Nick Saban’s 2018 team could be one of his best at Alabama. The Tide had a bunch of incredible true freshmen on 2017’s title-winning team, and they’ll return more than a handful of key veterans. One of those is starting running back Damien Harris, who put off the NFL draft to return for his senior season.
During a media scrum at the Senior Bowl on Wednesday in Mobile, a reporter asked Saban about Harris’ decision to play another year at Bama. Saban said he was glad to have Harris back, then launched into an extended commentary on draft decisions:
“A lot of guys, man, they got it in their mind that they’re gonna go out for the draft no matter what, and I think you all know my philosophy on that: If you’re a first-round draft pick, you should go. If you’re not, you should stay in school and try to graduate. I think it’s getting tougher and tougher, and more and more guys are making the decision to go out early.
“And at least 50 percent of those cases, it’s not a good decision, and a lot of those guys don’t make a team. What people don’t understand, and everybody should know, is professional football is the only sports league, professional sports league, that doesn’t have a minor-league system. Baseball has a minor-league system. Aaron Judge, he’s a pretty good baseball player, right? He spent a couple years in the minor leagues developing. Well, you don’t do that in football. The only development you can do is in college. So where you enter the league is of utmost importance.
“And I just think that gets overlooked by a lot of players, because it’s all or nothing, and if they don’t make the team, there’s no place else for them to play, and they can’t go back to college and play. I think the road we’re going down right now is not always best for the players that are making decisions to go out early.”
Those comments starts at the 53-second mark here:
Saban’s right that more and more players are coming out early.
The 2018 draft pool includes a record 106 players granted special eligibility by the league. (Those are players who have been out of high school for three years and not graduated from college. It covers most juniors who declare early, but 13 others qualified just by having graduated.) There’s been a huge spike in special eligibility over about a decade. The NFL says there were 46 such players in 2009, and that total has risen almost every year. At least 95 have gotten it in four of the last five years.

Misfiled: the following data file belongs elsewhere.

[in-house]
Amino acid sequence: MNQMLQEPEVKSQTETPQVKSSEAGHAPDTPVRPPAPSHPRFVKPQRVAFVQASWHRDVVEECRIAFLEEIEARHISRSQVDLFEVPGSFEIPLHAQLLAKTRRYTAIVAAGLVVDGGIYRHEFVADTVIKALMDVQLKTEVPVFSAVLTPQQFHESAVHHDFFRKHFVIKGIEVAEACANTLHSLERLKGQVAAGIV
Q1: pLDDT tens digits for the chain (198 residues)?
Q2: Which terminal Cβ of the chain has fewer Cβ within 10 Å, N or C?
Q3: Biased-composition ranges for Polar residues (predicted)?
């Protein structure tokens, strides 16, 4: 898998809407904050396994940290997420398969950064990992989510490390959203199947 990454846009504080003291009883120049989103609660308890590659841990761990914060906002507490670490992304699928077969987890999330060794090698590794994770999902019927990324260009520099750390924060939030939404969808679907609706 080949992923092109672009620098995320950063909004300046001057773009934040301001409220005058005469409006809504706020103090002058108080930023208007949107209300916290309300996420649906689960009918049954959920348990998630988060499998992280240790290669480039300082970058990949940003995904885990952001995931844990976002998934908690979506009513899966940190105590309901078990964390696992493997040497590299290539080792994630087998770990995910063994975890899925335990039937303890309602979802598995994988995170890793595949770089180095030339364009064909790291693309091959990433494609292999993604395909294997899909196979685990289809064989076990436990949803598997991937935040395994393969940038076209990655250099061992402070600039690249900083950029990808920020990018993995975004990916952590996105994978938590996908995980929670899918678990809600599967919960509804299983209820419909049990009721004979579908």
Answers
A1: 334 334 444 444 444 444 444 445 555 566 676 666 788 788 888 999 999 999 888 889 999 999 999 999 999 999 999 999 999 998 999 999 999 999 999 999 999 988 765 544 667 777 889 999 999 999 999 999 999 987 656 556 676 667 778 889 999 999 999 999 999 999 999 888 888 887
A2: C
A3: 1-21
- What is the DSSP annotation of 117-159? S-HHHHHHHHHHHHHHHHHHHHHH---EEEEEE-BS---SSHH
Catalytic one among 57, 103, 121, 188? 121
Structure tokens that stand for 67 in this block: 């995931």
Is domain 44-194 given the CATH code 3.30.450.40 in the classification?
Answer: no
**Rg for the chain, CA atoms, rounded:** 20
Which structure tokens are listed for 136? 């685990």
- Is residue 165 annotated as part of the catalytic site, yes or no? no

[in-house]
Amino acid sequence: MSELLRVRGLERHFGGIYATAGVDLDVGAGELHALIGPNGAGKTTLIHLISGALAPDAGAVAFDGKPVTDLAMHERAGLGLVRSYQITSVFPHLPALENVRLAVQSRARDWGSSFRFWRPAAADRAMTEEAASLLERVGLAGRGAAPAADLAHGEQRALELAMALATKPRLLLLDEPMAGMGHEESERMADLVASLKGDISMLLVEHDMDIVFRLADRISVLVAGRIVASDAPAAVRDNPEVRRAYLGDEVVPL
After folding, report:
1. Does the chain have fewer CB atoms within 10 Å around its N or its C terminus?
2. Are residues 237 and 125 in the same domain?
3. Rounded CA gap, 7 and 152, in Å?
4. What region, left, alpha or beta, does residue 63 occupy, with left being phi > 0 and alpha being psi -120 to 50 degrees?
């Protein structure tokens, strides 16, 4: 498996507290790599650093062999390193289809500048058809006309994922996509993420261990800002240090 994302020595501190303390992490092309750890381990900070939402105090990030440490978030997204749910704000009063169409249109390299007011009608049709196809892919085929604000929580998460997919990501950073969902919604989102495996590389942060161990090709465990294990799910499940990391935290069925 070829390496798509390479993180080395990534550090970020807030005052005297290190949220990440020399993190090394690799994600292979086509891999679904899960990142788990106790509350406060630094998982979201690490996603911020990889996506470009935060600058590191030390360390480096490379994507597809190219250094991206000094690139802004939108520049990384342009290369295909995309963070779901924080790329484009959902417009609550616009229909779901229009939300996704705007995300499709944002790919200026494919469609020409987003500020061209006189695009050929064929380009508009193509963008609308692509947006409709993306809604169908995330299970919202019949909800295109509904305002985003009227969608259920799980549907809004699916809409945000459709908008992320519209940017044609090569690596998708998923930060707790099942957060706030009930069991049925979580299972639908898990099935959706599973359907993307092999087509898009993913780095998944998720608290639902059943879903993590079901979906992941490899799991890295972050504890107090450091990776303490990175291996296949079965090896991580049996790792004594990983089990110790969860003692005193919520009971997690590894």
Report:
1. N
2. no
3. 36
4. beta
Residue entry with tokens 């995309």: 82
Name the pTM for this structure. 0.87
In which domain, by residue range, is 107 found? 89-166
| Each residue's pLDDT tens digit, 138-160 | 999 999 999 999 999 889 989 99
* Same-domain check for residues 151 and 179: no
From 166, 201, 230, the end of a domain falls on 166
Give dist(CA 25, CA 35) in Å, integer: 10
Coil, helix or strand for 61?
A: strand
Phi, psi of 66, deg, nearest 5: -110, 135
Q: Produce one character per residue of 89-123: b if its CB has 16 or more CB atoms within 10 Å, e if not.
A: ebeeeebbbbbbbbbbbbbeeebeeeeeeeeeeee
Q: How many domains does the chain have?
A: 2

Alabama has five players turning pro this year with college eligibility remaining.
Saban’s also right that a lot of these players don’t make NFL teams.
The 2017 draft included 27 early entrants who didn’t get picked. Absent full data on hand about how many made rosters as undrafted free agents, it’s still safe to say that a bunch of them are already out of the sport, and more will be soon. NFL careers are short even for players who get picked, and it’s hard to stick after going undrafted.
The NFL doesn’t let players go through the draft and then return to college. The league considers them professionals and wipes out their eligibility as soon as they sign with agents. Former Wisconsin and Arkansas coach Bret Bielema has suggested letting early entrants return to school if they don’t get picked. It’s a worthwhile idea, but it’s also not happening any time soon. The league has taken steps to give underclassmen more feedback on their NFL stock, but that can only do so much.
But there could be a million reasons for someone to declare early.
Maybe a player needs the money. Maybe he wants the money, which is fine, too. College football players don’t get paid, even when they’re on an Alabama team that can generate $45.9 million in pure profit in one year. The NFL’s rookie minimum in 2018 will be $480,000, and the practice squad minimum will be $7,600 a week. Both are a lot more than zero dollars and zero cents, even if a player coming out early has no guarantee of collecting any of that.
Maybe a player doesn’t like being in college. Maybe classes aren’t his thing. Maybe he doesn’t like a coach. Maybe he’s just not happy there, and maybe he’d rather not put a season’s worth of strain on his body for no pay. All are fine reasons to turn pro.
For another matter, universities don’t close down when players turn pro, and many scholarships now come with a promise to let players return later to finish their degrees. No one requires anyone to graduate in exactly four years.
There’s potential value in waiting a year and finding a better landing spot, especially in a league with no developmental system. But the only person fully qualified to evaluate anyone’s draft decision is the guy who made the decision.